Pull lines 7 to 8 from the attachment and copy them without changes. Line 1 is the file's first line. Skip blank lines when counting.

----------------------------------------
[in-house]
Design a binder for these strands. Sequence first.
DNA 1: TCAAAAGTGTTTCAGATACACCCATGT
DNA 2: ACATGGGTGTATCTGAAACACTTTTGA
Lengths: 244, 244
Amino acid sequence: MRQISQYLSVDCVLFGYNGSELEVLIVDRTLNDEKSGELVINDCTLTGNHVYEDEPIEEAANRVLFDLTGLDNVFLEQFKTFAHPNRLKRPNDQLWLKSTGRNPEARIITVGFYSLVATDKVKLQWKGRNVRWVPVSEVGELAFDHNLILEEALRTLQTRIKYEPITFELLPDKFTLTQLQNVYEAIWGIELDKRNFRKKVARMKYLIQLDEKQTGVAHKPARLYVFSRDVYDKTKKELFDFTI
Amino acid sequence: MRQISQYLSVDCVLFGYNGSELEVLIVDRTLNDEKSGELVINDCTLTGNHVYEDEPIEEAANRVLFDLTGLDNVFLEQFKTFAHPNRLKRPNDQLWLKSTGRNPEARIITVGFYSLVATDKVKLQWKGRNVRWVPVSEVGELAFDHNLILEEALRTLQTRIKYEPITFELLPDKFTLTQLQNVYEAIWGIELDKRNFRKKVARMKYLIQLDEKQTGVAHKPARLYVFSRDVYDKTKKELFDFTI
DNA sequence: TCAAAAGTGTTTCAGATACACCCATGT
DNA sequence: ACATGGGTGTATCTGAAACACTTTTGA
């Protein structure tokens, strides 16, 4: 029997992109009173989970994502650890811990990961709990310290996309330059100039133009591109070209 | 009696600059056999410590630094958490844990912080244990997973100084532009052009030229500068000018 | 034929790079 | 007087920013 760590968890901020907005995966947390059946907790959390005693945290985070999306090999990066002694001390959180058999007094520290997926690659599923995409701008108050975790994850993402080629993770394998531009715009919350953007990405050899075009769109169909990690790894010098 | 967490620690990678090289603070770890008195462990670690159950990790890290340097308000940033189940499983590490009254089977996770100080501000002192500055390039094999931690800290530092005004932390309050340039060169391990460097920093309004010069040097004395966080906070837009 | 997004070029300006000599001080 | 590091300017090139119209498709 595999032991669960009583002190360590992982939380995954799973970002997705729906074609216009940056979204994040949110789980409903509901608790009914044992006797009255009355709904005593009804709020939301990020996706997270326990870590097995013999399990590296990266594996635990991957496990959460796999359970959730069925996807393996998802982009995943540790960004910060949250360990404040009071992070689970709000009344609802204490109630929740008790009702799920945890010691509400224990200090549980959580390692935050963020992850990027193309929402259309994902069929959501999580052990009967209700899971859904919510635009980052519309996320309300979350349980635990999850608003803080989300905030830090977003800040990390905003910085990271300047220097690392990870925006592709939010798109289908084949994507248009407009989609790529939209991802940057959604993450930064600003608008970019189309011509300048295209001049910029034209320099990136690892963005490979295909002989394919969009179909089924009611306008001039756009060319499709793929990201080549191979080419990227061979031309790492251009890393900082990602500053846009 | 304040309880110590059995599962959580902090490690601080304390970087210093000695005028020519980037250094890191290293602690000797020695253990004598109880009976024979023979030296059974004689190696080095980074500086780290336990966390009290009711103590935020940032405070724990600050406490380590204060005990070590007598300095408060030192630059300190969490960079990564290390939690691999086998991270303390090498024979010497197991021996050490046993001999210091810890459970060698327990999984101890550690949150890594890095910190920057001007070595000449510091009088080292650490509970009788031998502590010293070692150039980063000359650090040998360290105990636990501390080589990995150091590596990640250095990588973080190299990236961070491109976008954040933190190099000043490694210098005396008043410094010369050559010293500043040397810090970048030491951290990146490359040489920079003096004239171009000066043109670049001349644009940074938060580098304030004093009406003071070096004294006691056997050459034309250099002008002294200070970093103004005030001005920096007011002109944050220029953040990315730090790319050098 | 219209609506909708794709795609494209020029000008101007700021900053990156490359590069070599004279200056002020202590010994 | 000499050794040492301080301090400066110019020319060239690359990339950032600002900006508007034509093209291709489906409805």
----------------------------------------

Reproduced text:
Amino acid sequence: MRQISQYLSVDCVLFGYNGSELEVLIVDRTLNDEKSGELVINDCTLTGNHVYEDEPIEEAANRVLFDLTGLDNVFLEQFKTFAHPNRLKRPNDQLWLKSTGRNPEARIITVGFYSLVATDKVKLQWKGRNVRWVPVSEVGELAFDHNLILEEALRTLQTRIKYEPITFELLPDKFTLTQLQNVYEAIWGIELDKRNFRKKVARMKYLIQLDEKQTGVAHKPARLYVFSRDVYDKTKKELFDFTI
DNA sequence: TCAAAAGTGTTTCAGATACACCCATGT